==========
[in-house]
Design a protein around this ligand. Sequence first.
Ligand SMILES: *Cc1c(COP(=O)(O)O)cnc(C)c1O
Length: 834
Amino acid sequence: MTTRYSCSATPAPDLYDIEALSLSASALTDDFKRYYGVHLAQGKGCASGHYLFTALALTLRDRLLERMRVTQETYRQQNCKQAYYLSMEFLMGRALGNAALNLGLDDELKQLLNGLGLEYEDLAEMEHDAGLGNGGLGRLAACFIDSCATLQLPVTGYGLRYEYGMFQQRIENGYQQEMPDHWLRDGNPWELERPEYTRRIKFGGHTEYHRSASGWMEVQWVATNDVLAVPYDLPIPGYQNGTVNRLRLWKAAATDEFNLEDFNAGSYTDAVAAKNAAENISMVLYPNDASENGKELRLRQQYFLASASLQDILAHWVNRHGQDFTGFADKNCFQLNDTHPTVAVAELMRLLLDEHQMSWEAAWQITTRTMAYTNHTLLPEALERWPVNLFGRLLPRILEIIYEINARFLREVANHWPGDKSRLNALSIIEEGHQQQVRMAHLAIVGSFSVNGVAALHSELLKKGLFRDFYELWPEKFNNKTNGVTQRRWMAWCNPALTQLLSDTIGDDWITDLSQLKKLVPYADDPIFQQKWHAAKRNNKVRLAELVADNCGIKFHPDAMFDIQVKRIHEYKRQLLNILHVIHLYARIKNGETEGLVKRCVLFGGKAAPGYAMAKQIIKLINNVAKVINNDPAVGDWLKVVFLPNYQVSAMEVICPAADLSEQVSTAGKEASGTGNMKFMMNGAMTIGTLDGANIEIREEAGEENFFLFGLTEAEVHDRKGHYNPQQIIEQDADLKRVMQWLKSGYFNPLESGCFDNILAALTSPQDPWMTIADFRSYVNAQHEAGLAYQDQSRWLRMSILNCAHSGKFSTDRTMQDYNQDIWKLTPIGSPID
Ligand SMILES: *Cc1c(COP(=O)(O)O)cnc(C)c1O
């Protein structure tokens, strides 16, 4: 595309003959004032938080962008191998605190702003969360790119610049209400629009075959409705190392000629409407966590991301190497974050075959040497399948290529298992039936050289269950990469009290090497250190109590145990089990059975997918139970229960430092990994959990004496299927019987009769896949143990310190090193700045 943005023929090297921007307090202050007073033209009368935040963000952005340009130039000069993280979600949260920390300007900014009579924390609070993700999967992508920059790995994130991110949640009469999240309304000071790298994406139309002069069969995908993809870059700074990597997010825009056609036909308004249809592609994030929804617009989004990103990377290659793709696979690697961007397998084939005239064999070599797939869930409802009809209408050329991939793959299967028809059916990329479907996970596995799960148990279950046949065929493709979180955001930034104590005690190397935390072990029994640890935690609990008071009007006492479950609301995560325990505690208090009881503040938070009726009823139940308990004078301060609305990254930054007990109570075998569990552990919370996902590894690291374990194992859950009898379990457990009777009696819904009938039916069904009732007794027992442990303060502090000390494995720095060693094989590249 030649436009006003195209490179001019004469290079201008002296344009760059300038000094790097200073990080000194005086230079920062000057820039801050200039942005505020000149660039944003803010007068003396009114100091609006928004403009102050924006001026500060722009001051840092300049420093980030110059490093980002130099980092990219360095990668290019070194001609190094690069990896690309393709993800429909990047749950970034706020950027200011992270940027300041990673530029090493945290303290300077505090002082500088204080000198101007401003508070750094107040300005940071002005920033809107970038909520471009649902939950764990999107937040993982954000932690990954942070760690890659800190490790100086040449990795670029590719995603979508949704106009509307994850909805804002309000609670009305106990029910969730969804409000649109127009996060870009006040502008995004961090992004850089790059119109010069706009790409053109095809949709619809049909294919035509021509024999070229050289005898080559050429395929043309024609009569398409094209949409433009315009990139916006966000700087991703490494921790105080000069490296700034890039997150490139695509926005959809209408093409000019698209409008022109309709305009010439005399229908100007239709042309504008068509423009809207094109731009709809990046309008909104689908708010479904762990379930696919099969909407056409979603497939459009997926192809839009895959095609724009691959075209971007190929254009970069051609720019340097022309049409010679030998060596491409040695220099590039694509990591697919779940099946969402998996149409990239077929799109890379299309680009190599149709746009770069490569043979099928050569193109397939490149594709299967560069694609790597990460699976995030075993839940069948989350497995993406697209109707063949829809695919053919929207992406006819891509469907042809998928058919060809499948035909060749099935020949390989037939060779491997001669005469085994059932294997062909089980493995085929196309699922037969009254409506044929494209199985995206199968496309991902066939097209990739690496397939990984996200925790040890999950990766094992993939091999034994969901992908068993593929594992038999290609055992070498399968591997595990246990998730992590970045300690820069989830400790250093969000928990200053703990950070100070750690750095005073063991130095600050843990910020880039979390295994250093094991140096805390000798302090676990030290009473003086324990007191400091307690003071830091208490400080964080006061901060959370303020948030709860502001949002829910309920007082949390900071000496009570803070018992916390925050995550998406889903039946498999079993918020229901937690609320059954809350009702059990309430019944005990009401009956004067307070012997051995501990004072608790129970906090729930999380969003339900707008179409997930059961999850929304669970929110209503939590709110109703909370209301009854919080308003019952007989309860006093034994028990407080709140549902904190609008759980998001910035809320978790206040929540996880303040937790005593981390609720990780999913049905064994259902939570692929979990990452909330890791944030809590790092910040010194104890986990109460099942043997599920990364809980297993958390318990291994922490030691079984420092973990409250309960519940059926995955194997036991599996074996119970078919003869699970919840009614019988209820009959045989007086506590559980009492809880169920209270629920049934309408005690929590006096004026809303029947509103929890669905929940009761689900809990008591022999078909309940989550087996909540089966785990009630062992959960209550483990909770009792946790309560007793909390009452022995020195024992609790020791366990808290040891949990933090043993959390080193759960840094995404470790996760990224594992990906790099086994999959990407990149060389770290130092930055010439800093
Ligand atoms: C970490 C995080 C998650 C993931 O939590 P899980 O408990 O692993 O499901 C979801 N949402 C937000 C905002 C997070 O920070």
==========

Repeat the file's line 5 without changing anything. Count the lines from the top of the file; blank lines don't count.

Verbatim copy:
Amino acid sequence: MTTRYSCSATPAPDLYDIEALSLSASALTDDFKRYYGVHLAQGKGCASGHYLFTALALTLRDRLLERMRVTQETYRQQNCKQAYYLSMEFLMGRALGNAALNLGLDDELKQLLNGLGLEYEDLAEMEHDAGLGNGGLGRLAACFIDSCATLQLPVTGYGLRYEYGMFQQRIENGYQQEMPDHWLRDGNPWELERPEYTRRIKFGGHTEYHRSASGWMEVQWVATNDVLAVPYDLPIPGYQNGTVNRLRLWKAAATDEFNLEDFNAGSYTDAVAAKNAAENISMVLYPNDASENGKELRLRQQYFLASASLQDILAHWVNRHGQDFTGFADKNCFQLNDTHPTVAVAELMRLLLDEHQMSWEAAWQITTRTMAYTNHTLLPEALERWPVNLFGRLLPRILEIIYEINARFLREVANHWPGDKSRLNALSIIEEGHQQQVRMAHLAIVGSFSVNGVAALHSELLKKGLFRDFYELWPEKFNNKTNGVTQRRWMAWCNPALTQLLSDTIGDDWITDLSQLKKLVPYADDPIFQQKWHAAKRNNKVRLAELVADNCGIKFHPDAMFDIQVKRIHEYKRQLLNILHVIHLYARIKNGETEGLVKRCVLFGGKAAPGYAMAKQIIKLINNVAKVINNDPAVGDWLKVVFLPNYQVSAMEVICPAADLSEQVSTAGKEASGTGNMKFMMNGAMTIGTLDGANIEIREEAGEENFFLFGLTEAEVHDRKGHYNPQQIIEQDADLKRVMQWLKSGYFNPLESGCFDNILAALTSPQDPWMTIADFRSYVNAQHEAGLAYQDQSRWLRMSILNCAHSGKFSTDRTMQDYNQDIWKLTPIGSPID